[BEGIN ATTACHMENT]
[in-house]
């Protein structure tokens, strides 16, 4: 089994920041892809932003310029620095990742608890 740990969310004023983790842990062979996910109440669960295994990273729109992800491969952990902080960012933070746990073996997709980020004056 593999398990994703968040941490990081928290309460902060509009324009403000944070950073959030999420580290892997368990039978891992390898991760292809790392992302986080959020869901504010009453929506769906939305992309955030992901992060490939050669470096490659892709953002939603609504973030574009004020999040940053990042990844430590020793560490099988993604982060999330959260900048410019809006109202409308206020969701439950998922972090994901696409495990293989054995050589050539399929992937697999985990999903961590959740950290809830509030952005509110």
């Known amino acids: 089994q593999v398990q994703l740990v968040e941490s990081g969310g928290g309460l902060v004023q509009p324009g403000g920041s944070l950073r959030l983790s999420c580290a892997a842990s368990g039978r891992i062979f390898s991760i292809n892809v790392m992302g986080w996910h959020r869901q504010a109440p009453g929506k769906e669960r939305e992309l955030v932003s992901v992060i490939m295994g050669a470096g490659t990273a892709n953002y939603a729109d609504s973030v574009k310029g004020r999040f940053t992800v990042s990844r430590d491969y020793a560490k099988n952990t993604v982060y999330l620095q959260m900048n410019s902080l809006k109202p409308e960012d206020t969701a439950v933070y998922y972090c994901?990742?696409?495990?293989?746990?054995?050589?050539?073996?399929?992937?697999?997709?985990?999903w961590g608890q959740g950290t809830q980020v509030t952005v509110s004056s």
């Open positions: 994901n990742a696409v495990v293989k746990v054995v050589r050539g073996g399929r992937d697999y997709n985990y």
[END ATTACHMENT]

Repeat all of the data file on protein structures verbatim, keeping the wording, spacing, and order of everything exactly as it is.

[in-house]
């Protein structure tokens, strides 16, 4: 089994920041892809932003310029620095990742608890 740990969310004023983790842990062979996910109440669960295994990273729109992800491969952990902080960012933070746990073996997709980020004056 593999398990994703968040941490990081928290309460902060509009324009403000944070950073959030999420580290892997368990039978891992390898991760292809790392992302986080959020869901504010009453929506769906939305992309955030992901992060490939050669470096490659892709953002939603609504973030574009004020999040940053990042990844430590020793560490099988993604982060999330959260900048410019809006109202409308206020969701439950998922972090994901696409495990293989054995050589050539399929992937697999985990999903961590959740950290809830509030952005509110």
């Known amino acids: 089994q593999v398990q994703l740990v968040e941490s990081g969310g928290g309460l902060v004023q509009p324009g403000g920041s944070l950073r959030l983790s999420c580290a892997a842990s368990g039978r891992i062979f390898s991760i292809n892809v790392m992302g986080w996910h959020r869901q504010a109440p009453g929506k769906e669960r939305e992309l955030v932003s992901v992060i490939m295994g050669a470096g490659t990273a892709n953002y939603a729109d609504s973030v574009k310029g004020r999040f940053t992800v990042s990844r430590d491969y020793a560490k099988n952990t993604v982060y999330l620095q959260m900048n410019s902080l809006k109202p409308e960012d206020t969701a439950v933070y998922y972090c994901?990742?696409?495990?293989?746990?054995?050589?050539?073996?399929?992937?697999?997709?985990?999903w961590g608890q959740g950290t809830q980020v509030t952005v509110s004056s």
């Open positions: 994901n990742a696409v495990v293989k746990v054995v050589r050539g073996g399929r992937d697999y997709n985990y």